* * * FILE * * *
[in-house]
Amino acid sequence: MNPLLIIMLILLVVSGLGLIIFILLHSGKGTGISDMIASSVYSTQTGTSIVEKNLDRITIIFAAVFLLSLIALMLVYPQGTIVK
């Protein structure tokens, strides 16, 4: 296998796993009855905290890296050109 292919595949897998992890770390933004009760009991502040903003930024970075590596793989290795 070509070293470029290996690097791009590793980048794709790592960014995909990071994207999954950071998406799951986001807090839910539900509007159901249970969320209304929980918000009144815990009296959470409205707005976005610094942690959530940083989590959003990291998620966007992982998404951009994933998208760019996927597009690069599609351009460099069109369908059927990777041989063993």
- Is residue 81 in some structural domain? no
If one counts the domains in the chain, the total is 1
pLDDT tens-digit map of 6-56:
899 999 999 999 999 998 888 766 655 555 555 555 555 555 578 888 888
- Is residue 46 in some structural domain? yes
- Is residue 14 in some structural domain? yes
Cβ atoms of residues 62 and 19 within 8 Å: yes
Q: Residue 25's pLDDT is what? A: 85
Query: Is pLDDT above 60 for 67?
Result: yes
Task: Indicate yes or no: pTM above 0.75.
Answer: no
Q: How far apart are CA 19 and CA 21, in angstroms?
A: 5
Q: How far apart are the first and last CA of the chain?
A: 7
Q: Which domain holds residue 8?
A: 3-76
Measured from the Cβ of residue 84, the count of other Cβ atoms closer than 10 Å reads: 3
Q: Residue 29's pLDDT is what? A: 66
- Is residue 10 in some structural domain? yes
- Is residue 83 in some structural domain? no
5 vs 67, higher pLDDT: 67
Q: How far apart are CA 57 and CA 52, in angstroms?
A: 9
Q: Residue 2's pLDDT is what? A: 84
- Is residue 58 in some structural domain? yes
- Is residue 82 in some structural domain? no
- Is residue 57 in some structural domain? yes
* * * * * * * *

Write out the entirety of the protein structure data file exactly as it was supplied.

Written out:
[in-house]
Amino acid sequence: MNPLLIIMLILLVVSGLGLIIFILLHSGKGTGISDMIASSVYSTQTGTSIVEKNLDRITIIFAAVFLLSLIALMLVYPQGTIVK
């Protein structure tokens, strides 16, 4: 296998796993009855905290890296050109 292919595949897998992890770390933004009760009991502040903003930024970075590596793989290795 070509070293470029290996690097791009590793980048794709790592960014995909990071994207999954950071998406799951986001807090839910539900509007159901249970969320209304929980918000009144815990009296959470409205707005976005610094942690959530940083989590959003990291998620966007992982998404951009994933998208760019996927597009690069599609351009460099069109369908059927990777041989063993």
- Is residue 81 in some structural domain? no
If one counts the domains in the chain, the total is 1
pLDDT tens-digit map of 6-56:
899 999 999 999 999 998 888 766 655 555 555 555 555 555 578 888 888
- Is residue 46 in some structural domain? yes
- Is residue 14 in some structural domain? yes
Cβ atoms of residues 62 and 19 within 8 Å: yes
Q: Residue 25's pLDDT is what? A: 85
Query: Is pLDDT above 60 for 67?
Result: yes
Task: Indicate yes or no: pTM above 0.75.
Answer: no
Q: How far apart are CA 19 and CA 21, in angstroms?
A: 5
Q: How far apart are the first and last CA of the chain?
A: 7
Q: Which domain holds residue 8?
A: 3-76
Measured from the Cβ of residue 84, the count of other Cβ atoms closer than 10 Å reads: 3
Q: Residue 29's pLDDT is what? A: 66
- Is residue 10 in some structural domain? yes
- Is residue 83 in some structural domain? no
5 vs 67, higher pLDDT: 67
Q: How far apart are CA 57 and CA 52, in angstroms?
A: 9
Q: Residue 2's pLDDT is what? A: 84
- Is residue 58 in some structural domain? yes
- Is residue 82 in some structural domain? no
- Is residue 57 in some structural domain? yes